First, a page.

According to a study done by Fuel Cells 2000 entitled State of the States: Fuel Cells In America, the United States is the world leader in fuel cell forklift deployments, with more than 1,500 forklifts deployed or ordered in 2010. The U.S. holds 47 percent of fuel cell patents registered between 2002 and 2010. For more than 15 years, hydrogen has been forecasted to become a dominant player in the forklift industry. Why haven’t hydrogen forklifts attained this goal? And will it ever come to pass?
The Advantages of Fuel Cells
There are many advantages that come with using hydrogen forklifts. They are environmentally friendly and have very low to zero emissions. “Aside from environmental advantages, hydrogen fuel cells provide an ergonomic advantage. With the fuel cells, employees no longer have to change batteries on the trucks. That frees up warehouse space for storing the batteries but also reduces accidents and back injuries,” says Bill Ryan, vice president and general manager of LiftOne (Charlotte, NC). “We have also had operators tell us that when operating a fuel cell forklift, they didn’t feel heat coming through the seat like they do on a battery-powered truck.”
Refueling a fuel cell is a much quicker process than recharging electric forklifts. “With electrics, operators have to worry about where and when to recharge. Do you have to run the truck all the way down and then charge it all the way up? With fuel cells you don’t have to worry about that. You can refuel at 9 a.m., then again at noon and then again at 2 p.m. and it doesn’t slow anything down. The charging time is taken out of the equation and that’s a productivity gain for employees,” says Ryan.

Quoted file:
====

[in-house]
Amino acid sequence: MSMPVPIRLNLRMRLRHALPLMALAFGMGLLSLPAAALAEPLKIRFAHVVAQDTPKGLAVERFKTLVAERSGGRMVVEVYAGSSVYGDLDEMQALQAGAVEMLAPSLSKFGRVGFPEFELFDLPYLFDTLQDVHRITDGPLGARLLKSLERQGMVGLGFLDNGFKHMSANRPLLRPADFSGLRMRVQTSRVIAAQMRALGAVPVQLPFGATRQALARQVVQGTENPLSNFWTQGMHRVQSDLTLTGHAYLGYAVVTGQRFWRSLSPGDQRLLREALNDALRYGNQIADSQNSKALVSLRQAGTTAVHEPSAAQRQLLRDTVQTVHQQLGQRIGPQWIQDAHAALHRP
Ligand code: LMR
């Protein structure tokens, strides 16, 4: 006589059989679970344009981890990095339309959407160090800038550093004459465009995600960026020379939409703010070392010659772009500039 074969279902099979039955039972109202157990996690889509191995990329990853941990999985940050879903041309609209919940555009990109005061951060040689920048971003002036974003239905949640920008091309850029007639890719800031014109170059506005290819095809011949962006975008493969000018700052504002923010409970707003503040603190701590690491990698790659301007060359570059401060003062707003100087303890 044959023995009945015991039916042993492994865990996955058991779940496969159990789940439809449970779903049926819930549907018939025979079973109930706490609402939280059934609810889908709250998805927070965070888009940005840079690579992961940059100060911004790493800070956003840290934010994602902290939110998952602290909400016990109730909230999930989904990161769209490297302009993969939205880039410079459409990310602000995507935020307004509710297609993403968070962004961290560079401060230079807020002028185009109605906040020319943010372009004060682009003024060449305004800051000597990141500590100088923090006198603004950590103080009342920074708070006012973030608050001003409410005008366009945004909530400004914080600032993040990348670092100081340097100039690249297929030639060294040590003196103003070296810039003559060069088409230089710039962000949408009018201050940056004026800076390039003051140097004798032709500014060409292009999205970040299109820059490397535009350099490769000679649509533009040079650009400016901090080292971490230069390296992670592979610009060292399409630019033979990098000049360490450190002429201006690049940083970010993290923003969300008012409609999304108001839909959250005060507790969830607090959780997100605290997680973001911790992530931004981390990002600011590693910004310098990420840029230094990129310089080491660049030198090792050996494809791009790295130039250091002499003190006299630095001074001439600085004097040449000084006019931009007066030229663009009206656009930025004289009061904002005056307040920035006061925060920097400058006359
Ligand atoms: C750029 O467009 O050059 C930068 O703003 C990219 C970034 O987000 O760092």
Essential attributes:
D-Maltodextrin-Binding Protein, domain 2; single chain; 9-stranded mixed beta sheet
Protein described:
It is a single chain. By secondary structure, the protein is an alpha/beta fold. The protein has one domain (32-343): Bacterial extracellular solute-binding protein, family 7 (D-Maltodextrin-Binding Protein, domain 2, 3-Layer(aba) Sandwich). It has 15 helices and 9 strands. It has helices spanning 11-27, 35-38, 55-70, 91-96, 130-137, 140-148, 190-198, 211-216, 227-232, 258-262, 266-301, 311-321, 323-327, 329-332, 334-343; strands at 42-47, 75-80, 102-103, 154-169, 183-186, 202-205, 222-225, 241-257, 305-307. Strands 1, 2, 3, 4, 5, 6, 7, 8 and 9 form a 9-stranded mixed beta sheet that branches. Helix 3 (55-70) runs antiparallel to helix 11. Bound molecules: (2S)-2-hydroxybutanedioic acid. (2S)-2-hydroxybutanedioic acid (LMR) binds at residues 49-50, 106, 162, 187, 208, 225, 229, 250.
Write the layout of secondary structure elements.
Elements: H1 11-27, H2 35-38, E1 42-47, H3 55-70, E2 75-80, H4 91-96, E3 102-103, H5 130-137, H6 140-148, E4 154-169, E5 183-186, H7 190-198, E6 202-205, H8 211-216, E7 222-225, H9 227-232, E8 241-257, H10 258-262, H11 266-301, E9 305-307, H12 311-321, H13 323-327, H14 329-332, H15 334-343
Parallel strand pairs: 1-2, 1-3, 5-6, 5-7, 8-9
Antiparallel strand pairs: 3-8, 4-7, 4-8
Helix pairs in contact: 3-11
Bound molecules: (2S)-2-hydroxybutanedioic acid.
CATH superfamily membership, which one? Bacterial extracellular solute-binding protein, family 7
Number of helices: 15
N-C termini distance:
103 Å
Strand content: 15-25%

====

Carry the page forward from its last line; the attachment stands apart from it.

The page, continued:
Challenges Facing Fuel Cells
Fuel cells are not without their challenges, however. The technology is very expensive and without government subsidies can be cost-prohibitive for end-users. One of the biggest challenges is the issue of availability. While hydrogen is one of Earth’s most abundant resources, harnessing and distributing it is still difficult. “For implementing fuel cell forklifts to be cost-effective, customers would have to have a huge fleet,” says Ryan. “They would need something like 50 forklifts running three shifts per day, seven days per week. A fleet that big can offset the considerable cost associated with trucking fuel in or converting the hydrogen from a gas to a liquid.”
Mark Milovich, president of Lift Atlanta (Decatur, GA) agrees. “The main issue with fuel cells is hydrogen fuel infrastructure. It’s very expensive to get hydrogen into a plant to fuel up the trucks.” Milovich says hydrogen is also a very volatile gas. “Employees have to be specially trained to deal with hydrogen because any kind of static electricity can cause a spark.”
Hydrogen In The Future
Will hydrogen ever be the market force it was predicted to be? “If fuel cells were to attain a dominant market share, it would be because of the automotive industry. If the automotive industry can figure out a way to make hydrogen fuel available in a cost-justified manner, then the forklift industry could benefit,” says Ryan. “But if there isn’t a big vehicle population that subscribes to hydrogen, then the opportunity for forklifts to continue using hydrogen will be limited.” Milovich agrees. “The fuel cell is a great idea, but it’s at least another six to ten years away before it becomes a real viable option.”
What do you think? Will hydrogen fuel cells ever be more than a fringe player in the forklift market? Let us hear your thoughts in the comments section below.